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Topline

Senate Republicans on Wednesday blocked Democrats from advancing a voting rights bill, and two moderate Democrats later rejected a bid to change the Senate’s filibuster rules so the party can pass the legislation on its own, likely extinguishing the Biden Administration’s months-long push for sweeping voting reform.

Key Facts

A motion to cut off debate on the Democrat-supported Freedom to Vote Act — a necessary move before the Senate can hold a final vote on the bill — failed in a 49-51 vote Wednesday night, falling well short of the Senate’s 60-vote threshold to end debate on most legislation.

The tally was initially 50-50, but Senate Majority Leader Chuck Schumer (D-N.Y.) changed from yes to no, a procedural move meant to let him hold another vote later.

Less than two hours later, the Senate also voted down Democratic leaders’ push to change the body’s rules to allow the voting bill to advance with a simple majority instead of the usual 60 votes, with Sens. Joe Manchin (D-W.Va.) and Kyrsten Sinema (D-Ariz.) siding with Republicans to reject the rules change 52-48.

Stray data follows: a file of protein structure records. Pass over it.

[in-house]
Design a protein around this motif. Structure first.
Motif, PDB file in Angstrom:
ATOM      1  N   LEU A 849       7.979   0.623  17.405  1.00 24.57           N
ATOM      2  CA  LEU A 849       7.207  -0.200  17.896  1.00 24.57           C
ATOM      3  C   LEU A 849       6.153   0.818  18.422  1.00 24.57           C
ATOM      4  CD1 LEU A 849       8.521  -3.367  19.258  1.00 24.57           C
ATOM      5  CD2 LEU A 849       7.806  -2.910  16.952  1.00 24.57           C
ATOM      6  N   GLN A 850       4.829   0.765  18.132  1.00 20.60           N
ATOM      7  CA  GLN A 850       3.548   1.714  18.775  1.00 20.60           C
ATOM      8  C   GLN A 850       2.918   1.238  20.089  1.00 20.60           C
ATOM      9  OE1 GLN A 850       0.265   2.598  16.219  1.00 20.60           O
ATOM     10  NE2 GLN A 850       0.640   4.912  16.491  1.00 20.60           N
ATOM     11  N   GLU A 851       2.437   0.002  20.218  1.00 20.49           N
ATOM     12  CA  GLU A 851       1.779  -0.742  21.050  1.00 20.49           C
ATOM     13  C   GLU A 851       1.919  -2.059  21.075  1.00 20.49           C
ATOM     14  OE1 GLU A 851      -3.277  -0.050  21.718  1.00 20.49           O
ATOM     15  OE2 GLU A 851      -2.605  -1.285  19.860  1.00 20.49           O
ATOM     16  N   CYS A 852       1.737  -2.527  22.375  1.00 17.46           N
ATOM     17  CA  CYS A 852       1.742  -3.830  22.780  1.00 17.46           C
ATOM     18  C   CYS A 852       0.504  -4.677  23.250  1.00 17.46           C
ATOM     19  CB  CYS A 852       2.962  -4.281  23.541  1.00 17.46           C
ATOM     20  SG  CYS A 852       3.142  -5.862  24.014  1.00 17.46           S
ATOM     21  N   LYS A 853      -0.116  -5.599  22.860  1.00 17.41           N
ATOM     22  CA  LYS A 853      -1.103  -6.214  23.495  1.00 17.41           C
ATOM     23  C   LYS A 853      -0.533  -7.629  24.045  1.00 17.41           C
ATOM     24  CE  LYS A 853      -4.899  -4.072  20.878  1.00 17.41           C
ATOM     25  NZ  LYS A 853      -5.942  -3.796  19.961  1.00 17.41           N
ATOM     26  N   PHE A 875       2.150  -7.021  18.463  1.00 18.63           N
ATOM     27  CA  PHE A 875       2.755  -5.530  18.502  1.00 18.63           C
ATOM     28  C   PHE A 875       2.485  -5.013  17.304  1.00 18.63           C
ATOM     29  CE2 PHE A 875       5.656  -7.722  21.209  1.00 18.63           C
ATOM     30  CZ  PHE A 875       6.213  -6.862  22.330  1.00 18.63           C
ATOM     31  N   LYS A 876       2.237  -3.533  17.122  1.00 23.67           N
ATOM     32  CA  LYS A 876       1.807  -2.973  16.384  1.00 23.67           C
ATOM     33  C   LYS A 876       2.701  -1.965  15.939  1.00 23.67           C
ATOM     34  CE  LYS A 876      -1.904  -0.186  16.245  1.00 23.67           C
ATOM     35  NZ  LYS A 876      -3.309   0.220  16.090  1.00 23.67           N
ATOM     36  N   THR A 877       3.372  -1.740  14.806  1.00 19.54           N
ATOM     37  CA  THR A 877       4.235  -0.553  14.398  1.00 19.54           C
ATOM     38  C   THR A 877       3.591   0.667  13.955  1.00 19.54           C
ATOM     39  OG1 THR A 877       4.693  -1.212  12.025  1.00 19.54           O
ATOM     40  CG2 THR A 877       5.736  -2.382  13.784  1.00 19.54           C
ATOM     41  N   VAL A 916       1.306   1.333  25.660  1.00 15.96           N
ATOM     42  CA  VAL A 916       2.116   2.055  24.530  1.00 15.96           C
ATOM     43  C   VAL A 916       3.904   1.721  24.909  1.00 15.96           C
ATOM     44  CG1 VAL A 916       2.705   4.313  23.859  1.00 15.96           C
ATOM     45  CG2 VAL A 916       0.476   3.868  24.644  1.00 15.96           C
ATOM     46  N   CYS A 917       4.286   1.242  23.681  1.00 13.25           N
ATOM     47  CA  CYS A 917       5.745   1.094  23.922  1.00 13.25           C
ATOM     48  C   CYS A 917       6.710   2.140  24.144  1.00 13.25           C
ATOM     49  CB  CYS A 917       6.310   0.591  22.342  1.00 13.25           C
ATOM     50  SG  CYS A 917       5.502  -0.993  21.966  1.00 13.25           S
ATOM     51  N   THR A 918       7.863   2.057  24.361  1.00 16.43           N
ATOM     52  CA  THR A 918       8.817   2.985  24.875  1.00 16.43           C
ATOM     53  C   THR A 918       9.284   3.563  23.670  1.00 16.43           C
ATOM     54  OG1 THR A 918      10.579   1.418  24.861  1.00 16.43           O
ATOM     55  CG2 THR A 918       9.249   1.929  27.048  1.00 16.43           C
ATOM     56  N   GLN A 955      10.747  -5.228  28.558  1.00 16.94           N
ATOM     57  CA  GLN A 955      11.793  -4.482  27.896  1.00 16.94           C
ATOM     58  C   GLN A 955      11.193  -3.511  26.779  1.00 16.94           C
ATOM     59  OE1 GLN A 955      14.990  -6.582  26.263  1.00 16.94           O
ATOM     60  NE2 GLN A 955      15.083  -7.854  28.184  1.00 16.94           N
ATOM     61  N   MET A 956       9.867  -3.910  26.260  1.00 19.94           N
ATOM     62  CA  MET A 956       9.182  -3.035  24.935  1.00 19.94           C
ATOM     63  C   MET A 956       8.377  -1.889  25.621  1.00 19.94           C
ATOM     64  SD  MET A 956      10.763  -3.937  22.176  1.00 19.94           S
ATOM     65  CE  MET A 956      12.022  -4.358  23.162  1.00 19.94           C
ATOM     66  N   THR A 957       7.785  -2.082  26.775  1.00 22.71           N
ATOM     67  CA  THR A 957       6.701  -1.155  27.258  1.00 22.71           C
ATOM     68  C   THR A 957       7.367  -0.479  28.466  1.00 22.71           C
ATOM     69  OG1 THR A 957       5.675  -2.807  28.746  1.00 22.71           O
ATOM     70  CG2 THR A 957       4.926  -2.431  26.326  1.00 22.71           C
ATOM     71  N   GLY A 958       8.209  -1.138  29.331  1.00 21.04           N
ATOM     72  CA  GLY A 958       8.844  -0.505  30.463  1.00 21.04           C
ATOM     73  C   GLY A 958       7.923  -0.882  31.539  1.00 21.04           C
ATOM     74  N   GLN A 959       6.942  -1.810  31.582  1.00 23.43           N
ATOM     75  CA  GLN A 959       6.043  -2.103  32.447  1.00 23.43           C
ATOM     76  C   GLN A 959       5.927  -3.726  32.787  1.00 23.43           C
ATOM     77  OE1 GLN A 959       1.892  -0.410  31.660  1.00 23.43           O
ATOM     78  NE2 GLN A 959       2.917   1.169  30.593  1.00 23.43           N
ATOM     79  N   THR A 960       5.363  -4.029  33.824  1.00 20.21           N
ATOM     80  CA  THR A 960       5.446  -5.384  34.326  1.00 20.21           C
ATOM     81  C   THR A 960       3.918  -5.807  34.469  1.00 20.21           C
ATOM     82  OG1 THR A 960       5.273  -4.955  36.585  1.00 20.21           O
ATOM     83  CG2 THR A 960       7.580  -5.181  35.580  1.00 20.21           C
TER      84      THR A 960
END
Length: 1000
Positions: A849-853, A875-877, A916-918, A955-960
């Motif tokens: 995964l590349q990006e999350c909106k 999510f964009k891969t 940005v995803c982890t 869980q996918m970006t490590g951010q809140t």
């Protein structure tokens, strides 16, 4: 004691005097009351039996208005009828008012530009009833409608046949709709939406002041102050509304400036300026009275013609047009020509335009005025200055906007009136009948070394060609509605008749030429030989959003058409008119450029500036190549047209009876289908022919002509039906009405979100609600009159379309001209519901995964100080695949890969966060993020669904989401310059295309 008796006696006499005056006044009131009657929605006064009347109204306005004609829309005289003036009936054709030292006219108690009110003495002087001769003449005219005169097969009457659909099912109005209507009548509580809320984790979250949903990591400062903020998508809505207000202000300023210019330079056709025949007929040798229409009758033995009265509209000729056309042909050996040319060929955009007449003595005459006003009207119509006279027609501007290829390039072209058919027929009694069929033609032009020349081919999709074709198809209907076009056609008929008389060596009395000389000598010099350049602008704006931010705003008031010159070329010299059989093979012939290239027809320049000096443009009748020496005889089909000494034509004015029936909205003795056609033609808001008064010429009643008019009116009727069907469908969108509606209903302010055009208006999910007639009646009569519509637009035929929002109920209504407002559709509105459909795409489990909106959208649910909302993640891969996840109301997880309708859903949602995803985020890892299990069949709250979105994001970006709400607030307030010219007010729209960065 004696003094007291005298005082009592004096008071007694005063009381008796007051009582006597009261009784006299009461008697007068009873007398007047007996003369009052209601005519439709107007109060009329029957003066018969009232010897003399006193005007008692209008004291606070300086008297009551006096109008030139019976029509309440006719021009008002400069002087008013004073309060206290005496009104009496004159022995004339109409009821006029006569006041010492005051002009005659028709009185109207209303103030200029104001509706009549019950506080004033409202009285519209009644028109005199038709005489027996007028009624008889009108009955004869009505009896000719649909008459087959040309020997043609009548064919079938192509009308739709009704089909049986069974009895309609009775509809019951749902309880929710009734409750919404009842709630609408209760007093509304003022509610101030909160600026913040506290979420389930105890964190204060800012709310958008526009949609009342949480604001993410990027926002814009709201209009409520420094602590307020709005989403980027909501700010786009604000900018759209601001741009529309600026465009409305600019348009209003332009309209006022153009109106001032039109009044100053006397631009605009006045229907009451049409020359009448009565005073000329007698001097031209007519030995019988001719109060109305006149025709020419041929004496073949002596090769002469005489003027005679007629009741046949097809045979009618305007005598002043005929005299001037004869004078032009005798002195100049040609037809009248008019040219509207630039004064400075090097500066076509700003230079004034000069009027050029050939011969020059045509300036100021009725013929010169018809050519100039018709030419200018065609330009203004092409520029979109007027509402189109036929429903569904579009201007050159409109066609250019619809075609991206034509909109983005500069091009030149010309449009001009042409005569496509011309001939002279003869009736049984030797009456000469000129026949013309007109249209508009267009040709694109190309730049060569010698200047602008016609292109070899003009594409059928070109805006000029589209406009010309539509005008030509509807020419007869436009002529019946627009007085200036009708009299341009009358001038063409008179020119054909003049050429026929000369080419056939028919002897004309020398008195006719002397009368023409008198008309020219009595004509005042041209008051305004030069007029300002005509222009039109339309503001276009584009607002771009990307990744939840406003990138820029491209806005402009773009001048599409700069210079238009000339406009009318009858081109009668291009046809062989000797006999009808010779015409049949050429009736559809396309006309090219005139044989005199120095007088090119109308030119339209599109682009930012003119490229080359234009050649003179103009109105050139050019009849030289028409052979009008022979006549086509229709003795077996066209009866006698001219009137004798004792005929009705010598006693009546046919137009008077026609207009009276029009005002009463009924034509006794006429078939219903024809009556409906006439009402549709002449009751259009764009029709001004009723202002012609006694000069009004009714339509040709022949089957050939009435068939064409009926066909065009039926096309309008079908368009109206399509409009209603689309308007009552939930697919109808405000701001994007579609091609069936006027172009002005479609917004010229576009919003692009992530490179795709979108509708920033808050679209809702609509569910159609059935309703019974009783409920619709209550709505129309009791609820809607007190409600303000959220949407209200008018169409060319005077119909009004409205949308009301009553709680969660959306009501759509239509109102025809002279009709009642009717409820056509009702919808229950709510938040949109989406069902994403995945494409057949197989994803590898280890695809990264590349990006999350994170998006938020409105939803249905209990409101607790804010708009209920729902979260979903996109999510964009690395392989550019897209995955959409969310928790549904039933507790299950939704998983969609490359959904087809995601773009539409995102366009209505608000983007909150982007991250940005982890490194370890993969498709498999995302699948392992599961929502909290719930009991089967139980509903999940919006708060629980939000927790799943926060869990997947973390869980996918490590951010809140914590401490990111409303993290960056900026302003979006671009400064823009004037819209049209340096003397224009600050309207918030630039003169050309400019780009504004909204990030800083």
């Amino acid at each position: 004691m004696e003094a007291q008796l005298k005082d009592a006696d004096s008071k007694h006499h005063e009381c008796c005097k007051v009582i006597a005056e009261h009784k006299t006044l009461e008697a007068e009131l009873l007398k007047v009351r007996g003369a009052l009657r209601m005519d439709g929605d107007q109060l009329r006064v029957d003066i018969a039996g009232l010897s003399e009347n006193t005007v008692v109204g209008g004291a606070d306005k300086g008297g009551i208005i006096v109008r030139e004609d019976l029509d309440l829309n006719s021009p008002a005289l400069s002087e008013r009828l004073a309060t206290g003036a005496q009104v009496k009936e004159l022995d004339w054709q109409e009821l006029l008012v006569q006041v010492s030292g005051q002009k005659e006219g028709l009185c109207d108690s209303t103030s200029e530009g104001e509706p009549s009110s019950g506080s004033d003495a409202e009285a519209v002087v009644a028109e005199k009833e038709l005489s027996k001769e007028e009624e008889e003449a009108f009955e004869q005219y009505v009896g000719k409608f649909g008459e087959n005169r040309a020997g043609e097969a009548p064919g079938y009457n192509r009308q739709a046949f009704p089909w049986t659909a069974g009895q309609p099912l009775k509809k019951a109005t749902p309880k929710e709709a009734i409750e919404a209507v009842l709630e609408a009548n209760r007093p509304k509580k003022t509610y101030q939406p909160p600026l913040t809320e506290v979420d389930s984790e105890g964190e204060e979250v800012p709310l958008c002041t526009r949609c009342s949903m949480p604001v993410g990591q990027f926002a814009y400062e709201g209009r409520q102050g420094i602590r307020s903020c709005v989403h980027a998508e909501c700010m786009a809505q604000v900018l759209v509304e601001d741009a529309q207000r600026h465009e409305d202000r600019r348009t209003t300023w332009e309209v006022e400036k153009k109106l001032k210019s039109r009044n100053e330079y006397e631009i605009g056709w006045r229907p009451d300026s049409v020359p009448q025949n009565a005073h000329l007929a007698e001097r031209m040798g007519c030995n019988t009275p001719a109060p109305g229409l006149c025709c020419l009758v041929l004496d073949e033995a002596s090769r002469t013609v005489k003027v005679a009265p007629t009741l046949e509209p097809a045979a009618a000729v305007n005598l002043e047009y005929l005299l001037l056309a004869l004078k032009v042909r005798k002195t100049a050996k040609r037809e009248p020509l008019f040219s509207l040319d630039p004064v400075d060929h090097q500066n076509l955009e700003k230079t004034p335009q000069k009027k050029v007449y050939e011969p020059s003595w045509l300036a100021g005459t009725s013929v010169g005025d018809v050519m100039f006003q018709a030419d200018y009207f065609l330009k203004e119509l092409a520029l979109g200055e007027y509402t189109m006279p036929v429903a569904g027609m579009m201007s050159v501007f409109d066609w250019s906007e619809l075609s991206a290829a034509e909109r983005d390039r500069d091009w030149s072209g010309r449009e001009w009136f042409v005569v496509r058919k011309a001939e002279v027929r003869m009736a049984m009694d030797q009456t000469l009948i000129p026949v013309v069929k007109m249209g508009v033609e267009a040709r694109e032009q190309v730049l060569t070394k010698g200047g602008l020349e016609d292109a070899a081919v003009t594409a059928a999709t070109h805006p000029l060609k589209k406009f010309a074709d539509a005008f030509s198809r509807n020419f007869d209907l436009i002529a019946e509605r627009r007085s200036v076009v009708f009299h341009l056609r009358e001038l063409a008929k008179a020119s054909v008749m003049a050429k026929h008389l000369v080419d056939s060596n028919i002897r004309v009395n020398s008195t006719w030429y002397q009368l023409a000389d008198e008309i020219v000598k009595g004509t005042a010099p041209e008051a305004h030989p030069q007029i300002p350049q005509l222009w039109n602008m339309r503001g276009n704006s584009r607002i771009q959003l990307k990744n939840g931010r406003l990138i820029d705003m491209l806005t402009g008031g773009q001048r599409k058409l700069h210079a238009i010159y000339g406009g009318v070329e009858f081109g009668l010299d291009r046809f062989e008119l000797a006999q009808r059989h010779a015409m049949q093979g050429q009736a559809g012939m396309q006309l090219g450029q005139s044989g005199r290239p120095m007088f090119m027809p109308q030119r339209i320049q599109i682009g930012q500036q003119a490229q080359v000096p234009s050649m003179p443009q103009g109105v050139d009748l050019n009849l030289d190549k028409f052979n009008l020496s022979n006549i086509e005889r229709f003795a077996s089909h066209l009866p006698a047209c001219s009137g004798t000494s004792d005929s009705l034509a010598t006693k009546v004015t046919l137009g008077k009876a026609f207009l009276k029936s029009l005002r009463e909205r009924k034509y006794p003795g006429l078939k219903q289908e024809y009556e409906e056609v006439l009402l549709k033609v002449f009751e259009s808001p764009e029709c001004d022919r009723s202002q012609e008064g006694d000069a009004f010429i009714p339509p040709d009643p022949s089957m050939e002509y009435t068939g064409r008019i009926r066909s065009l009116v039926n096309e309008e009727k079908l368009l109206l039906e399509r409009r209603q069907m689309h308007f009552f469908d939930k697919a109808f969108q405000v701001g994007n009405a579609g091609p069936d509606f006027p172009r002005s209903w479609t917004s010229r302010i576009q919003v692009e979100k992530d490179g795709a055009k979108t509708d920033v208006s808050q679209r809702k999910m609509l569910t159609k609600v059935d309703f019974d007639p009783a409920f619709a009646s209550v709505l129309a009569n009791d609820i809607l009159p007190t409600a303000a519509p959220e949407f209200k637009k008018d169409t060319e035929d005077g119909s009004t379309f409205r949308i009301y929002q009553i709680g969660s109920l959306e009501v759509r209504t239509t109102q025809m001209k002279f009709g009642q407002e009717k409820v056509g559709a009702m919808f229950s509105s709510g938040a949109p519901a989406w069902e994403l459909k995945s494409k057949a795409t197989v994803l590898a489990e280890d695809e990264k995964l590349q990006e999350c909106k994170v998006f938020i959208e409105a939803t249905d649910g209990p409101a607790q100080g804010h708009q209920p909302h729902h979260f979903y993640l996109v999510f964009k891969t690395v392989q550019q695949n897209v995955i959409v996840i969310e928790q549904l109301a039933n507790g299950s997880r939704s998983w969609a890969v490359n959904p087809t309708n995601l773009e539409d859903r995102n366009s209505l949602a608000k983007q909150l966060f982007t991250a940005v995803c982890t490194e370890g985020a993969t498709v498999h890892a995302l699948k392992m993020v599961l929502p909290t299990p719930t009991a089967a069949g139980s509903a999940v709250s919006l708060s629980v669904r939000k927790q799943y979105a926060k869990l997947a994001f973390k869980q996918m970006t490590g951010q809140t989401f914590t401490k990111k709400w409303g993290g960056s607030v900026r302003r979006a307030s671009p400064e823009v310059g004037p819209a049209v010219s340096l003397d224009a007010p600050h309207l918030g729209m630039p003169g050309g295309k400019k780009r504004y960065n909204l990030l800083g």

Key Background

The Freedom to Vote Act would create nationwide minimum standards for early and mail-in voting, make Election Day a holiday and roll out automatic voter registration nationwide, among other reforms. Democrats have cast the bill as a response to many Republican-controlled states’ efforts to restrict voting over the last year. The bill is cosponsored by dozens of Senate Democrats, including Manchin and Sinema, but with the Senate split 50-50 between the two parties, at least 10 Republicans would need to support the bill for it to move forward. As a result, President Joe Biden and other Democratic leaders have argued changing the 60-vote filibuster is the only option to pass the bill. Last week, Manchin and Sinema said they will not agree to this rules change, arguing the filibuster encourages bipartisanship and prevents the majority party from unilaterally passing legislation.

Chief Critic

“I am profoundly disappointed that the United States Senate has failed to stand up for our democracy,” Biden said in a Wednesday evening statement. “I am disappointed — but I am not deterred.”

Further Viewing

Source: Forbes – Business

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